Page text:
Tuesday, July 12, 2005

Personal Reflection on London Bombings

This post does not address the bombings per se and I have nothing else to add that the blogging community hasn't already. That said, my family's prayers go out to the loved ones of people who lost their lives.

The bombings marked a significant moment in my life. I was working from home that day and I saw the news first on Yahoo and followed it throughout the day. The significance of this was that it didn't even occur to me to turn on the television for news coverage. This was quite an alarming but amazing revelation for me (the next day, on my way to work listening to public radio).

I go to work on the Internet every day and it has now replaced television as my news source of choice.

1 comment:

Anonymous said...

I have a friend that lives in London and missed the PiccaDilly station bombing by twenty minutes. What are the odds that a city the size of the state of Texas that holds 3 times as many people as New York City and the fact I live in Denver, Colorado, that I would actually know someone that missed it by that short of time. I thought about it. If that bomber wakes up twenty minutes earlier, or based on how long they planned it, they decided to plan it twenty minutes later for all four bombs to go off..or that she decided to leave her flat twenty minutes earlier..crazy..that list could go on and on. Then again, what about the people that didn't miss it by twenty minutes? What about the people that were right on time.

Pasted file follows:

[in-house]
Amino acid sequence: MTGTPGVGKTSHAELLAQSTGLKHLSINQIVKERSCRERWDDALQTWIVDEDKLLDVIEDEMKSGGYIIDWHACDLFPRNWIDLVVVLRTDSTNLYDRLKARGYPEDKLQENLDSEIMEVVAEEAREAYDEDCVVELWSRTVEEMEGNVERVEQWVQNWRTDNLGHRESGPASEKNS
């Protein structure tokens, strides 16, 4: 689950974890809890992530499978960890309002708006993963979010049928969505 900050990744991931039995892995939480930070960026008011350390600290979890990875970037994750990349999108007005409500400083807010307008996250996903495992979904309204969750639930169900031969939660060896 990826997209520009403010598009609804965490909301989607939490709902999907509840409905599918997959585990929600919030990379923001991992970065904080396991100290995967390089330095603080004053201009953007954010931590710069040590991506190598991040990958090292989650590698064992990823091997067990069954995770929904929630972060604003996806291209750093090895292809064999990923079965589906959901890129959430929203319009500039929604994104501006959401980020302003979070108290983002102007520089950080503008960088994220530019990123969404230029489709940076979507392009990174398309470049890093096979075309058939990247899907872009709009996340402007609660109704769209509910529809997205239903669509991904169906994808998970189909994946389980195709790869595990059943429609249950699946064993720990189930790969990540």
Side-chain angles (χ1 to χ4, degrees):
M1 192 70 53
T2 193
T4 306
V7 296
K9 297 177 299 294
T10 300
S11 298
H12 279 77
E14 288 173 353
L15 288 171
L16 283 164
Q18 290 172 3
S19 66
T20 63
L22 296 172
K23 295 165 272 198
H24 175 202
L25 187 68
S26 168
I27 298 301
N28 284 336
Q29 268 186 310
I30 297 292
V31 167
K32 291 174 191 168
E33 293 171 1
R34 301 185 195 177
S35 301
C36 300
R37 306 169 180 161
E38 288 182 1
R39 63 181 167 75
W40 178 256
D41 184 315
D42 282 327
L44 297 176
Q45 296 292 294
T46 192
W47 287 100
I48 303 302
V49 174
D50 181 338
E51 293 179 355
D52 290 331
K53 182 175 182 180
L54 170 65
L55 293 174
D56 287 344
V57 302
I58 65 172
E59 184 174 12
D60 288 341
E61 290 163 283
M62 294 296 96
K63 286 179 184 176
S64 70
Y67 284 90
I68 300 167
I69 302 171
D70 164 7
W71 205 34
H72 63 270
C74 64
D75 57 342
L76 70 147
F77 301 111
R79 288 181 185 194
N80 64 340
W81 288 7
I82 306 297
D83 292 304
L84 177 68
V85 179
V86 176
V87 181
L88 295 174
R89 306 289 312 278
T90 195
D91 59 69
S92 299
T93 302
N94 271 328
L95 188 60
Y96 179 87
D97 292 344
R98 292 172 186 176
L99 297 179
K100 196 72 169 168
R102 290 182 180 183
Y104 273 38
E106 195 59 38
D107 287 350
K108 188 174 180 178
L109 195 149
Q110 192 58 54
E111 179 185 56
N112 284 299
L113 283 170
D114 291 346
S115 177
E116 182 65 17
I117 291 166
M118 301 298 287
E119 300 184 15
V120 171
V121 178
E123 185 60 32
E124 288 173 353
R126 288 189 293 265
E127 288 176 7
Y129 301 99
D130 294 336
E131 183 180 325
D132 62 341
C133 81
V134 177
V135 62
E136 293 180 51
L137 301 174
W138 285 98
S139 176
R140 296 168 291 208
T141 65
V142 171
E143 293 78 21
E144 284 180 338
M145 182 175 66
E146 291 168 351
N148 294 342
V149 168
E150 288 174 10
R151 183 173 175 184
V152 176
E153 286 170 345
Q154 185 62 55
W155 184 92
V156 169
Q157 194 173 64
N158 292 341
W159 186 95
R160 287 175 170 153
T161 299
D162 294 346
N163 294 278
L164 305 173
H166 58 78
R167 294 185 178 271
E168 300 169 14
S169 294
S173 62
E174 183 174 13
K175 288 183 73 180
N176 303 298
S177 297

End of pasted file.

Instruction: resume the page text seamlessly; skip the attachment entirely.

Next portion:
I woke up on the couch just as Fox news broke it at about four am...and here's what I learned about tv news...Our graphics have to look better than the other networks graphics...the words have to swoosh across the screen faster and bigger and the music has to be louder, because how else are we supposed to get your attention? by the way, how's my tie look? How's my make-up? Can I get a hairstylist on the set before we go on and I report that 40-50 people are dead and are dead in such a way that they no longer have any hair on their body period?

Then the stories turned to "How safe is the US from an attack like this?" - And I thought,...wow..what a terrible thing to happen to London..700 people are in the hospitals and a third of the city is walking home, across "Texas"..and the best the news can do is..'What about us?"

I don't blame the media anymore than I blame Jesus for a Hurricane..The media exists for ratings because we watch it. The same goes for celebrity papparazzi..guess what..If millions of people didn't spend their money on US WEEKLY or PEOPLE MAGAZINE just to find out what Brad Pitt's underwear color is this week, than the magazines couldn't afford to pay thousands, sometimes millions of dollars to papparazzi for photos of Brad Pitt's underwear, and therefore, the photographers would be out of jobs - It's that simple..same with the media.

They've done a fine job of convincing society that the people don't have the power to click the power off button on the remote. Maybe society did a good job of convincing itself.